I'm hopefully optimistic that Mr. Finckenstein's experience with competition policy, and the analysis of new media demonstrated in the BMG case, can counter some of the anti-free-market forces from current Industry Minister Bernier. Each of them may talk about the positive influence of "market forces", but like when you hear a technical person talking to a recording industry executive about "DRM", they are clearly talking about entirely different things.

Government issues another blow to competition

An article from the Canadian Association of VoIP Providers includes:

One is left to wonder how the government can rationalize its policies as being "good for the consumer" while incumbents are exclaiming "we got everything we asked for" on Report on Business TV. Why does Industry Minister Maxime Bernier, having no experience in telecom policy and with zero telecommunications experience, feel he is better qualified to make policy than CRTC staff, board members and industry participants who have decades of experience?

Bernier often claims he wants to leave decisions to market forces, failing to realize that where existing monopolies or excessively strong incumbents exist that "market forces" will fail to achieve public policy goals. The government needs to first clean up existing (government created) monopolies in the telecom sector and allow for fair competition before considering the level of deregulation that Bernier blindly advocates.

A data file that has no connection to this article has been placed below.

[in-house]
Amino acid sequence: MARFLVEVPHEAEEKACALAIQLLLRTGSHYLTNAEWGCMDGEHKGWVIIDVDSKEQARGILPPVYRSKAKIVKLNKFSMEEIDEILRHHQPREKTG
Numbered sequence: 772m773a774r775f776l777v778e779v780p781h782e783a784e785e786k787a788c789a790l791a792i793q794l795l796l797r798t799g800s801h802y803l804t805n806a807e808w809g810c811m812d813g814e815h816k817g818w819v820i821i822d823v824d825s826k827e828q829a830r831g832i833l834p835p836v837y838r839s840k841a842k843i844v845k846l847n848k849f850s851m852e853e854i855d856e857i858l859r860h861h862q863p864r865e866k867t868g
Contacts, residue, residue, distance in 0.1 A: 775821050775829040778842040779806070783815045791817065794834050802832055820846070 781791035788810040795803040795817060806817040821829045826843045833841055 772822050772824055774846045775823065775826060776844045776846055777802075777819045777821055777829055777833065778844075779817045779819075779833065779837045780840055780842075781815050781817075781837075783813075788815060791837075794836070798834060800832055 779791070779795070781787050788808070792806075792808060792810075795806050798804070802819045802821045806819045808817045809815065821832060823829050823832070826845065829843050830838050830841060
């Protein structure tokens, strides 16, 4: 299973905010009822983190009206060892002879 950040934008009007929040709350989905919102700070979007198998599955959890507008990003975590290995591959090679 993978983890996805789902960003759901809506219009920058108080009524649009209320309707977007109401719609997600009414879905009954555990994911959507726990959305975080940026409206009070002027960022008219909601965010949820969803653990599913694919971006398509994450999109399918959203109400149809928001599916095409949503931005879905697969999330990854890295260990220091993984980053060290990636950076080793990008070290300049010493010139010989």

Slyck: Bev Oda and Maxime Bernier Keep Their Positions

An article by Drew Wilson on Slyck talks about how the Heritage and Industry Ministers weren't changed in the recent cabinet shuffle.

I was speculating about the same issue before the shuffle, recognizing that we need to spend more time to reach the committee chairs for Heritage and Industry.

Heritage, Industry ministers stars of fundraiser co-organized by media exec

A Canadian Press article by Jennifer Ditchburn includes:

A broadcasting executive is helping to stage a re-election fundraiser for Heritage Minister Bev Oda, who's reviewing television policy for the Tory government.

Please see an update from Michael Geist.

Conservative Government response to the Petition for Users' Rights